Barry Paterson is the CEO of UK-based analog IP pioneer, Agile Analog. He has held senior leadership, engineering and product management roles at Dialog Semiconductor and Wolfson Microelectronics. He has been involved in the development of custom, mixed-signal silicon solutions for many of the leading mobile and consumer electronics companies across the world. He has a technical background in Ethernet, Audio, Haptics and Power Management and is passionate about working with customers to deliver high quality products. He has an honours bachelor degree in electrical and electronic engineering from the University of Paisley in Scotland.
Agile Analog had a funding round of $19 Million last year. What was the key USP that investors liked? We have a disruptive technology called Composa™. This is an internal tool that enables us to automatically generate analog IP solutions to exactly meet customer specifications on their specific process technology.
What makes Agile Analog’s approach so different to existing analog solutions?
Until now, analog IP was typically custom designed or ported from a different process node. We re-use our tried and tested analog IP circuits that are within our Composa library. This enables us to build a customer solution using our IP for a specific process node taking into account exact customer requirements of Power, Performance and Area. Effectively, the design-once-and-re-use-many-times model of digital IP can be applied to analog IP for the first time.
What are the benefits of your new approach to the customer?
First, the analog IP circuits in the Composa library have been extensively verified and used in previous designs. The verification is automated and applied to every build of the IP core. Second, our Composa automated approach creates bespoke analog IP solutions in a fraction of the time that it would normally take develop them using tradition analog design methodologies. Third, we enable customers to license and integrate analog IP into their products allowing them to focus on faster time to market and differentiation within their market.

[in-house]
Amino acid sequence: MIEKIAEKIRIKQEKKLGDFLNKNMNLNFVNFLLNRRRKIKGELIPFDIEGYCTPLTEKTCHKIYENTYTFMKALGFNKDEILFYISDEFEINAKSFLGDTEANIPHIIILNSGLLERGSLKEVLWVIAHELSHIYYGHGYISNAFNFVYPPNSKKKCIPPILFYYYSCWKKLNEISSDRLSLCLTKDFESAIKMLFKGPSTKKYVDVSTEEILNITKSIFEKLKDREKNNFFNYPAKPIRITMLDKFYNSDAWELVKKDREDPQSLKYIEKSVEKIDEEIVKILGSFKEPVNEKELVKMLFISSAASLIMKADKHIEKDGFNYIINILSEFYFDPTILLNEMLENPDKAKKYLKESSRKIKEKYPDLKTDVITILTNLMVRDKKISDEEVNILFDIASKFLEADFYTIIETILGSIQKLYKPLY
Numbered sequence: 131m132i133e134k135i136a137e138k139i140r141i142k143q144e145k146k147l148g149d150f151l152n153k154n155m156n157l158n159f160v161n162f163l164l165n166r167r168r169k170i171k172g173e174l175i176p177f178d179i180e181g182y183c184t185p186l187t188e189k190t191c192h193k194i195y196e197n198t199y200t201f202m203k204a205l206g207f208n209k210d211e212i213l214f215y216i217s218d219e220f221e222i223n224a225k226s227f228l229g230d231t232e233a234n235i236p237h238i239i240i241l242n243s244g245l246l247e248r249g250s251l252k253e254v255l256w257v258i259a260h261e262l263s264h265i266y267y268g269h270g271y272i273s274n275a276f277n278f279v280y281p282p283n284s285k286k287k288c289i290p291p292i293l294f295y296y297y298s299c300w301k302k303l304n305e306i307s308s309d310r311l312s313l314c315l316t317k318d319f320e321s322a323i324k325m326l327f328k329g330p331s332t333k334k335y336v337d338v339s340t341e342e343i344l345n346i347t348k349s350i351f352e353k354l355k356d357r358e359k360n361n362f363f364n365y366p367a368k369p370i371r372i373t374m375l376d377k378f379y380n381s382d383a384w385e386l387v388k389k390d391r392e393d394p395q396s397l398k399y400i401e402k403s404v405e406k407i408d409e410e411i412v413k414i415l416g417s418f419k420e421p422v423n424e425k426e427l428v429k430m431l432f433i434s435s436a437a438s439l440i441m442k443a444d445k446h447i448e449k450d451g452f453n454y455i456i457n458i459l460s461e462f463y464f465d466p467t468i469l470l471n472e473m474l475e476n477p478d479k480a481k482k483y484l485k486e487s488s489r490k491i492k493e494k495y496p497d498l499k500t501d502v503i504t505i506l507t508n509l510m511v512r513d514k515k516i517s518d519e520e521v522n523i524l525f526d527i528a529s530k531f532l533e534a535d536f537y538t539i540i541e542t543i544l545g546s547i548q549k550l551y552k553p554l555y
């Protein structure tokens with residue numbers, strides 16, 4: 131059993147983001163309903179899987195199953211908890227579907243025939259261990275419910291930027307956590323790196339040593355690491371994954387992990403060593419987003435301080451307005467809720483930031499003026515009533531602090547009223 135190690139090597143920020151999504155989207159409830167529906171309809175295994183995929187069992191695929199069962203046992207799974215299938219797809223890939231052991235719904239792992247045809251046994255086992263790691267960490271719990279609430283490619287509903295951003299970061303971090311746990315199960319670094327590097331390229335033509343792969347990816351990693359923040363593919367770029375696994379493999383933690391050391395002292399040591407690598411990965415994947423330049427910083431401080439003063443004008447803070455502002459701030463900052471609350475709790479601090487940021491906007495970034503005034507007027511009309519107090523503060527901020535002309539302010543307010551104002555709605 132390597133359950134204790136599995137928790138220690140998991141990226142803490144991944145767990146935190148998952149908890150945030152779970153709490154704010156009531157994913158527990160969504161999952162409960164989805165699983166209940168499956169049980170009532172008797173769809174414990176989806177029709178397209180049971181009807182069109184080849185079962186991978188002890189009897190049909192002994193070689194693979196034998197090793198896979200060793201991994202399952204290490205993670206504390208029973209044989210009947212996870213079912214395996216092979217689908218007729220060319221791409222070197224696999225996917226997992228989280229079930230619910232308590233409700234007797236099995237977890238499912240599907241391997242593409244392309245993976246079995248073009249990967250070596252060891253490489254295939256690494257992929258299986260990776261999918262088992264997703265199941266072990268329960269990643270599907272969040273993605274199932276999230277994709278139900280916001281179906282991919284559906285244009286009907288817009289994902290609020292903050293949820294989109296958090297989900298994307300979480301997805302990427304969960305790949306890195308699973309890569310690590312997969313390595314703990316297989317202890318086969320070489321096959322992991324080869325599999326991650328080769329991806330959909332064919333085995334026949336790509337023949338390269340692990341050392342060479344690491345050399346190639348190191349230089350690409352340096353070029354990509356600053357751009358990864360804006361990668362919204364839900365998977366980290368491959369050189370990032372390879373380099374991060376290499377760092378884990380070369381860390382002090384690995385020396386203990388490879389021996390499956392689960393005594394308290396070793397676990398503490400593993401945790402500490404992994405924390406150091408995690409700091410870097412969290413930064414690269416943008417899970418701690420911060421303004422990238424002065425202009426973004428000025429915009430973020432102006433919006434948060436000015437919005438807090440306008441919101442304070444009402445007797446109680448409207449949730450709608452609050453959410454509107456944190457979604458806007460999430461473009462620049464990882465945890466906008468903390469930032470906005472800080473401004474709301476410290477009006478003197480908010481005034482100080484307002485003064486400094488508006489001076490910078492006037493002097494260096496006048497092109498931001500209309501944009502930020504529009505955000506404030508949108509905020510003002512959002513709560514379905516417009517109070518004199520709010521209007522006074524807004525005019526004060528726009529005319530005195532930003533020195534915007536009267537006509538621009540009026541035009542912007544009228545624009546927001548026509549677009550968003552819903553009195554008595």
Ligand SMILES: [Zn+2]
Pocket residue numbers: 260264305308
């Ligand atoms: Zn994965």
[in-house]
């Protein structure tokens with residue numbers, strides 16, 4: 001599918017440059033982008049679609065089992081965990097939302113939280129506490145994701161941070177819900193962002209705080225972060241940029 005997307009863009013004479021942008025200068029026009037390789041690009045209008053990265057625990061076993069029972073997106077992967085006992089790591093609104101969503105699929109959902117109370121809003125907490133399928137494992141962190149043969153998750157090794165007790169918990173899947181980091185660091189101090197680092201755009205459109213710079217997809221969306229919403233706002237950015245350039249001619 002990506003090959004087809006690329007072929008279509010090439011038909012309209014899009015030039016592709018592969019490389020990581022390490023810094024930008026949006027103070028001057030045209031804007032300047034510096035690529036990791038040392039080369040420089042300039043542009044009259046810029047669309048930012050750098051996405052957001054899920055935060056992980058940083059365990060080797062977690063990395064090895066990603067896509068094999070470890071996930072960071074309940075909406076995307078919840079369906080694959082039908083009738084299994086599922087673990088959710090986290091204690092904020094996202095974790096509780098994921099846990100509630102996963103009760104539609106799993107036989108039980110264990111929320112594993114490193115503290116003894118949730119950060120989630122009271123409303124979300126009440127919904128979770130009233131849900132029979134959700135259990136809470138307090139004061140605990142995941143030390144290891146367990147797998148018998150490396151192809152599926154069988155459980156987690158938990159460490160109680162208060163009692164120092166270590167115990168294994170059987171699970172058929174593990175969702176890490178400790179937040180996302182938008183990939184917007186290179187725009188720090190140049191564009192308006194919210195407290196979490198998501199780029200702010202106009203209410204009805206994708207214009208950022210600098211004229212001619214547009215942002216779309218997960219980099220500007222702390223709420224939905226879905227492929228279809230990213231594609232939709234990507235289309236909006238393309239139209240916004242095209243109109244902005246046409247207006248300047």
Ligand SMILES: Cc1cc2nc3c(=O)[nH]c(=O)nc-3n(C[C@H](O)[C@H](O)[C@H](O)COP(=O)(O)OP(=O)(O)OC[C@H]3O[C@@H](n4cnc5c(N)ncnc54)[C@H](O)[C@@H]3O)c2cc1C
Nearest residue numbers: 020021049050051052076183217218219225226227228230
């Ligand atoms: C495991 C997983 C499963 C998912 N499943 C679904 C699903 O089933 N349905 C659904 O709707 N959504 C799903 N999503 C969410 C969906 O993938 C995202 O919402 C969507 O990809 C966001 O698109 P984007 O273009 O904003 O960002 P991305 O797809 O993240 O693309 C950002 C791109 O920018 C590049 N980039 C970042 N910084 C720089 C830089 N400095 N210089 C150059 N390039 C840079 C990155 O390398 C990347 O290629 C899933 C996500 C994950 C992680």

You have used the phrase process-agnostic in a recent press release. What does that mean for customers?
Composa can simply regenerate an analog IP solution using the PDK selected by a customer. This may be on a different process technology, for example when switching to a different foundry or taking advantage of advances in process technology to improve their products. This allows customers to select the optimum process technology and capacity options they want to use without being constrained by the analog IP. Historically the availability of analog IP has been a constraint in process selection. Our aim at Agile Analog is to remove that constraint.
Why is analog IP becoming so important?
There is a huge demand for analog ICs, that has been estimated to be valued at 83.2 billion USD in 2022 according to IC Insights’ 2022 McClean Report. We aim to address this space by making it very easy to integrate the functions of these discrete analog ICs onto the main SoC to reduce overall BOM costs, complexity, size and power consumption.